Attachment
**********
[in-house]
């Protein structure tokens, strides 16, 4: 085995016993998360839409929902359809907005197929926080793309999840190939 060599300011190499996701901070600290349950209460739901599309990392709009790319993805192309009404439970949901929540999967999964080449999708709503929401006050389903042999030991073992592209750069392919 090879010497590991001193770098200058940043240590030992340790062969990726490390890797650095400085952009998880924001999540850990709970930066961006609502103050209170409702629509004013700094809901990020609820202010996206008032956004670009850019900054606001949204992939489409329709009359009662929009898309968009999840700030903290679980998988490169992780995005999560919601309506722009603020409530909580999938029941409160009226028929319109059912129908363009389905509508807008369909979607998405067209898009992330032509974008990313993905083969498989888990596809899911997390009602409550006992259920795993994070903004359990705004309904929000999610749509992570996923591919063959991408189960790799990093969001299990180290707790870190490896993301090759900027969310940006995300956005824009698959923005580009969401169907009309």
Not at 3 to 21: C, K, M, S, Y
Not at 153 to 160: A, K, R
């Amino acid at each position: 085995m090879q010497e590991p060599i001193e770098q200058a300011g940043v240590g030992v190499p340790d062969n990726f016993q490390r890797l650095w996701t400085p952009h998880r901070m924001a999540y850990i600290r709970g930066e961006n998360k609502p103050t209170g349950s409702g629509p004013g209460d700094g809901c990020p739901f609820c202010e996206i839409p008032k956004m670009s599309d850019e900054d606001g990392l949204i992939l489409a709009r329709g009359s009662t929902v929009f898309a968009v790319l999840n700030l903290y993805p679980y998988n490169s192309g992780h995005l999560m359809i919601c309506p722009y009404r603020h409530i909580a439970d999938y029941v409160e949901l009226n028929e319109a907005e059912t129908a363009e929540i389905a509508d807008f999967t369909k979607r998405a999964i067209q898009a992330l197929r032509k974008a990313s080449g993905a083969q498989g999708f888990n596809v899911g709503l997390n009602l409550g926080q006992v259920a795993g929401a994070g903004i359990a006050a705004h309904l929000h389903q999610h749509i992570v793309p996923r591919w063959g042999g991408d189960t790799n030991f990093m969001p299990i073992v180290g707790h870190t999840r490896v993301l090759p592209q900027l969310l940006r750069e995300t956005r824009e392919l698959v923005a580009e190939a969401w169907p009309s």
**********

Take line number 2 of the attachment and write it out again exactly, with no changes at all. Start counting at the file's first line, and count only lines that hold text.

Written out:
């Protein structure tokens, strides 16, 4: 085995016993998360839409929902359809907005197929926080793309999840190939 060599300011190499996701901070600290349950209460739901599309990392709009790319993805192309009404439970949901929540999967999964080449999708709503929401006050389903042999030991073992592209750069392919 090879010497590991001193770098200058940043240590030992340790062969990726490390890797650095400085952009998880924001999540850990709970930066961006609502103050209170409702629509004013700094809901990020609820202010996206008032956004670009850019900054606001949204992939489409329709009359009662929009898309968009999840700030903290679980998988490169992780995005999560919601309506722009603020409530909580999938029941409160009226028929319109059912129908363009389905509508807008369909979607998405067209898009992330032509974008990313993905083969498989888990596809899911997390009602409550006992259920795993994070903004359990705004309904929000999610749509992570996923591919063959991408189960790799990093969001299990180290707790870190490896993301090759900027969310940006995300956005824009698959923005580009969401169907009309």